Becca Stevens (priest)

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Rev. Becca Stevens is an Episcopal priest and writer who is chaplain at Vanderbilt University's St. Augustine's Chapel in Nashville, Tennessee.[1] She is notable for her work helping former prostitutes leave the sex industry and start new lives.[2] She was the 2000 Nashvillian of the Year and in 2013 was inducted into the Tennessee Women's Hall of Fame.

Biography[edit]

Becca Stevens was born on April 1, 1963 in Connecticut to Anne and Rev. Gladston Hudson Stevens, Jr. When she was four years old, her family relocated to Nashville, Tennessee and a year later, her father was killed in a car accident by a drunk driver. After completing her secondary education at John Overton High School, Stevens enrolled in her father's alma mater The University of the South in Sewanee, Tennessee studying math. When she graduated, she completed an internship at Bread for the World and led the Kanuga Conference Center's youth program near Hendersonville, North Carolina before returning to Nashville in 1987. Stevens enrolled in Vanderbilt Divinity School, where she met her future husband Marcus Hummon, whom she married in 1988. During her schooling, she volunteered in projects to help homeless women and those dealing with addiction.

Stevens was ordained in June 1991 and delivered her first child the following month.[3] After her ordination, Stevens began working at the Church of the Resurrection in Franklin, Tennessee, continuing her work with those in need. When in 1995, the Chaplain of St. Augustine’s Chapel at Vanderbilt retired, Stevens accepted the post.[3] She founded Magdalene in 1997,[4] a two-year residential program for former prostitutes overcoming addiction(s) and wanting to restart their lives.[5] She also started Thistle Farms, which employs the same group of women to make products sold in stores like Whole Foods and on the Internet.[2] In 2000, Stevens was selected as the Nashvillian of the year[3] and in 2013, she was inducted into the Tennessee Women's Hall of Fame.[6] In 2013, Thistle Farms opened a café, employing ex-prostitutes as baristas.[2]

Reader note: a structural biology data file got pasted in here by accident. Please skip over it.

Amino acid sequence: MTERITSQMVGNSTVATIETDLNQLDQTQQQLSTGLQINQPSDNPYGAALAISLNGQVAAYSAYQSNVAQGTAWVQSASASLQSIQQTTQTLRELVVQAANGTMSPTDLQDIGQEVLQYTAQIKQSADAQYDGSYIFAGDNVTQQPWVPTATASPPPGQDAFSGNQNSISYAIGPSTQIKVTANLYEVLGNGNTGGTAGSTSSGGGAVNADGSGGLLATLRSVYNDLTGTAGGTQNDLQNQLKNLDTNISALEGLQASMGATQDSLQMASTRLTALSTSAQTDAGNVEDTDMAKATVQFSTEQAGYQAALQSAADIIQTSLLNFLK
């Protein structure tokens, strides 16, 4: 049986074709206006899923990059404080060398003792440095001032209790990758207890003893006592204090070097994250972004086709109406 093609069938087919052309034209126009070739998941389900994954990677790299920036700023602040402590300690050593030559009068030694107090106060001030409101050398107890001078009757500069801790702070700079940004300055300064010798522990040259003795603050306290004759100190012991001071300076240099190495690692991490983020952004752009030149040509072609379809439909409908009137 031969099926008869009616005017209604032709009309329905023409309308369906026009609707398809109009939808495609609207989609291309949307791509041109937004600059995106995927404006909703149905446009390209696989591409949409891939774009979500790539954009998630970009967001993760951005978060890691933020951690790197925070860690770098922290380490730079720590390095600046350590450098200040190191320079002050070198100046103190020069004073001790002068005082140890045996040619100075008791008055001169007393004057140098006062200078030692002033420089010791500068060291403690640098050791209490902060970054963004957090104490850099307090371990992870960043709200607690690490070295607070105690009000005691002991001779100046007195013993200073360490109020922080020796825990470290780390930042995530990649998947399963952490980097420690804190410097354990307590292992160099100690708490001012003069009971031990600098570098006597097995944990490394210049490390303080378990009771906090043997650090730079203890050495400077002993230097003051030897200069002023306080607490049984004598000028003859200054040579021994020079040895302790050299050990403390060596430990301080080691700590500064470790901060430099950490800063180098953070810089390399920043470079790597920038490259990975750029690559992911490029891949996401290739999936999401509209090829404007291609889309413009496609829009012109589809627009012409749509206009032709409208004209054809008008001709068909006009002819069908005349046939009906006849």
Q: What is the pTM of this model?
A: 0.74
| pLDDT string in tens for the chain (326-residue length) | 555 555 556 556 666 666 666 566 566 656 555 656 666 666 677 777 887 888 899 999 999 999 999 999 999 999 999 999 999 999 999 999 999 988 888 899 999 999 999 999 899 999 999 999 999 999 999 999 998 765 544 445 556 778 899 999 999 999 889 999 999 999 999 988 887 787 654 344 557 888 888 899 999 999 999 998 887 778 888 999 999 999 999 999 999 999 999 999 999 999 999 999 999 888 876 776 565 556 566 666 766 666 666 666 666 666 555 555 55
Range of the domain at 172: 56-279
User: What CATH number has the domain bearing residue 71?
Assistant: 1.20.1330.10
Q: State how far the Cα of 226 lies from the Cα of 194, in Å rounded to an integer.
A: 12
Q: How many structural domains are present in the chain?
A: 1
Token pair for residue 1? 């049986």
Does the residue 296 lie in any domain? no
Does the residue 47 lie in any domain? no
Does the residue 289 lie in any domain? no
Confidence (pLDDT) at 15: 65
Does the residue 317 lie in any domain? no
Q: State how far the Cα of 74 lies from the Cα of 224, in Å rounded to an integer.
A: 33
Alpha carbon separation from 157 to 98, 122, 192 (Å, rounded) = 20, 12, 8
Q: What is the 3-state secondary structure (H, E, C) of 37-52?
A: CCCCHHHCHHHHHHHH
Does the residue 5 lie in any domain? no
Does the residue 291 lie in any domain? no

She has written several books, including nine published by Abingdon Press.[7] Her 2013 memoir, Snake Oil: The Art of Healing and Truth-Telling, "details her own sexual abuse and healing and how her ministry has led to the founding of Thistle Farms",[8] and was reported by The Tennessean as an area bestseller.[9] She has received many local awards as well as being designated a White House Champion of Change in 2011.

Books[edit]

  • Finding Balance: Loving God with Heart and Soul, Mind and Strength. Abingdon Press. 2004. ISBN 978-0-687-34510-6. 
  • Sanctuary: Unexpected Places Where God Found Me. Abingdon Press. 2005. ISBN 978-0-687-49420-0. 
  • Hither and Yon: A Travel Guide for the Spiritual Journey. Abingdon Press. 2007. ISBN 978-0-687-49076-9. 
  • Walking Bible Study: The Path of Peace. Abingdon Press. 2010. ISBN 978-1-4267-3329-1. 
  • Walking Bible Study: The Path of Love. Abingdon Press. 2010. ISBN 978-1-4267-1174-9. 
  • Walking Bible Study: The Path of Justice. Abingdon Press. 2010. ISBN 978-1-4267-4608-6.